Jon Lynn and Lori Lewellen recently got a defense verdict in a medical malpractice case in Miami-Dade. The Plaintiff, a forty-five year old gentleman who had been involved in a three car rear-end automobile accident, was referred by his lawyer to the defendant, a board certified orthopedic surgeon who attended Harvard Medical School and had completed his training at the Harvard affiliated hospitals in Boston. Ultimately, the patient underwent an L4-L5 decompression and an L4 pars fracture repair and recovered nicely from his surgery. At the time of his last office visit with the patient about three months post-op, the defendant doctor documented that the patient’s pain level was 0/10, down from 10/10 pre-operatively, and he assigned the patient a 7% impairment of the body as a whole attributable to the patient’s automobile accident. Following the defendant’s care, the patient settled his auto accident case within a couple of months of his surgery. Thereafter, however, and about 10 months after his surgery, the patient developed recurrent, 10/10 low back pain and was seen at Jackson Memorial Hospital in Miami.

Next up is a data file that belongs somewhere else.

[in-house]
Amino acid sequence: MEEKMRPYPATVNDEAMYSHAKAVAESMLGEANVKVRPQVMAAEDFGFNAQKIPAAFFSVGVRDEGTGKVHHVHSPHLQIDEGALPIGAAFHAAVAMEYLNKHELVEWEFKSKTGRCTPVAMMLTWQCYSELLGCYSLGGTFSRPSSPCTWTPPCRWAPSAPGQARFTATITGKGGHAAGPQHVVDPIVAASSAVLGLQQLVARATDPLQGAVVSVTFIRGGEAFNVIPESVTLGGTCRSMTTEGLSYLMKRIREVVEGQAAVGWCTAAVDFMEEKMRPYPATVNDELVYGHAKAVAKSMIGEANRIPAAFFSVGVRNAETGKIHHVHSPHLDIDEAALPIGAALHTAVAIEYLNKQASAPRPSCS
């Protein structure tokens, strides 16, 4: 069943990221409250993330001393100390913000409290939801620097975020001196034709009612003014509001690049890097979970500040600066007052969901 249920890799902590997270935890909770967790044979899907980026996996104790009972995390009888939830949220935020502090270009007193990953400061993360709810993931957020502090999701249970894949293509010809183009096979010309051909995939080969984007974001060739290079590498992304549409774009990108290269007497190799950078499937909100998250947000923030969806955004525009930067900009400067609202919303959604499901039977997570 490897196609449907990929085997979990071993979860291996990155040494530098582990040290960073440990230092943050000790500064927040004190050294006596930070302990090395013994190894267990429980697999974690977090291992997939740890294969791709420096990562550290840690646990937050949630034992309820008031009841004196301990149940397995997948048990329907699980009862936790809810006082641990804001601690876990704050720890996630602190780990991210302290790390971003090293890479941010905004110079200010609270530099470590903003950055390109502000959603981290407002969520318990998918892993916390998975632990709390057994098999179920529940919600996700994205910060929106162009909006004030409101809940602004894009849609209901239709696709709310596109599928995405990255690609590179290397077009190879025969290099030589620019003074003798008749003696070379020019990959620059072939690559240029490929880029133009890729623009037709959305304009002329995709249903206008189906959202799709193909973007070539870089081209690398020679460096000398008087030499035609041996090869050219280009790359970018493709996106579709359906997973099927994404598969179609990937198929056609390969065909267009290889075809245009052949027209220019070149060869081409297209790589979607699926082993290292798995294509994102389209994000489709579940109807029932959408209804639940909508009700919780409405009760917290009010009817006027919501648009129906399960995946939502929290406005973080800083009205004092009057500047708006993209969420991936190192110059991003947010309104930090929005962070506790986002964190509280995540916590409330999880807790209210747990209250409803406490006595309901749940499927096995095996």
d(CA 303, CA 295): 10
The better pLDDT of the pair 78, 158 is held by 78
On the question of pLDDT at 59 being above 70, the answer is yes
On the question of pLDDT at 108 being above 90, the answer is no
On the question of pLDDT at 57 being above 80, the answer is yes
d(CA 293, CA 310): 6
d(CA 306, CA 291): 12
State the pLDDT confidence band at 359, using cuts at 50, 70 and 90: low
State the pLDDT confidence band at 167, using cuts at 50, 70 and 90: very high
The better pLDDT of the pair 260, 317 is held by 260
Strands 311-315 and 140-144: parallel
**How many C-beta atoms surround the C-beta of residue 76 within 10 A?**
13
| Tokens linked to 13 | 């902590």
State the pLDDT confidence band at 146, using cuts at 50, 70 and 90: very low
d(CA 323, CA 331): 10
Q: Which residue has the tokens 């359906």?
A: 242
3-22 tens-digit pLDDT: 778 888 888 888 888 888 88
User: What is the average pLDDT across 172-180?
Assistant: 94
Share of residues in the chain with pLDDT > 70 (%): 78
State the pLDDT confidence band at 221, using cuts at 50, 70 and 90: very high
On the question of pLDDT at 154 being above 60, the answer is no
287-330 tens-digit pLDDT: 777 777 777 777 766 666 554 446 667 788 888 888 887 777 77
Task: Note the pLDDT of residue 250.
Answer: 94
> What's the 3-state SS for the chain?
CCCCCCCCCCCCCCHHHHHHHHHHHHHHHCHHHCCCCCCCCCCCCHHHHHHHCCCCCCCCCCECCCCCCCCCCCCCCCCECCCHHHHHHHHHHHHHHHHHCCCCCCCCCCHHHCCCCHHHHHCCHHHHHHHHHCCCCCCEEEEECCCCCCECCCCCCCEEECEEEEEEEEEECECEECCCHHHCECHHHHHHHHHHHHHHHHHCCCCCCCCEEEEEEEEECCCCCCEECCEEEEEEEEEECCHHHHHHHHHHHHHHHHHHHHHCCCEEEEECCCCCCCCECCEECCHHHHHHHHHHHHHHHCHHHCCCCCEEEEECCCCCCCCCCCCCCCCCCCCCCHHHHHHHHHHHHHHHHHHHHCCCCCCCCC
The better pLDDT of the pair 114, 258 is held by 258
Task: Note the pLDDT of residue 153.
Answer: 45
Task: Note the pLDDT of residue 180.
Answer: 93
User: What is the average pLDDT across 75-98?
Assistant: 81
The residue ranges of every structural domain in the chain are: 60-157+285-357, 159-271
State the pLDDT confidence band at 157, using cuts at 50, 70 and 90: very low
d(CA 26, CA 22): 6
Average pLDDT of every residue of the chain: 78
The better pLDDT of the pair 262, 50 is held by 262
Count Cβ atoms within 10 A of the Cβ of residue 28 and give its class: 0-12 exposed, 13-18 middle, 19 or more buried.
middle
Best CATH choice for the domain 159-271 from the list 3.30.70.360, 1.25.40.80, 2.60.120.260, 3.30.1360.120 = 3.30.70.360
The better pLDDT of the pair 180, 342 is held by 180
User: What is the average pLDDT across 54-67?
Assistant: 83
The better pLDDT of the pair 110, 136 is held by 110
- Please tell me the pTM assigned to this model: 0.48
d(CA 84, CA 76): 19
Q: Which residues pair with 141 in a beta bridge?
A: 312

Ultimately, the Plaintiff underwent a four-level spinal fusion, following which he developed complications and, by the time of trial, had been determined to be totally disabled. The Plaintiff’s expert, a local board certified orthopedic surgeon, testified that the procedure performed by the defendant had a “0%” chance of succeeding and he surmised that the surgery had been done solely for financial reasons. The defense expert, an orthopedic surgeon and a professor at the Yale University Medical School, testified that the defendant’s performance of the surgery was entirely appropriate and well within the applicable standard of care. The Plaintiff asked the jury to award literally millions of dollars (the medical bills and loss of earning capacity claims alone were worth a little over a million dollars) and also sought punitive damages from the defendant. The jury deliberated for about an hour after a 6-day trial before returning a defense verdict.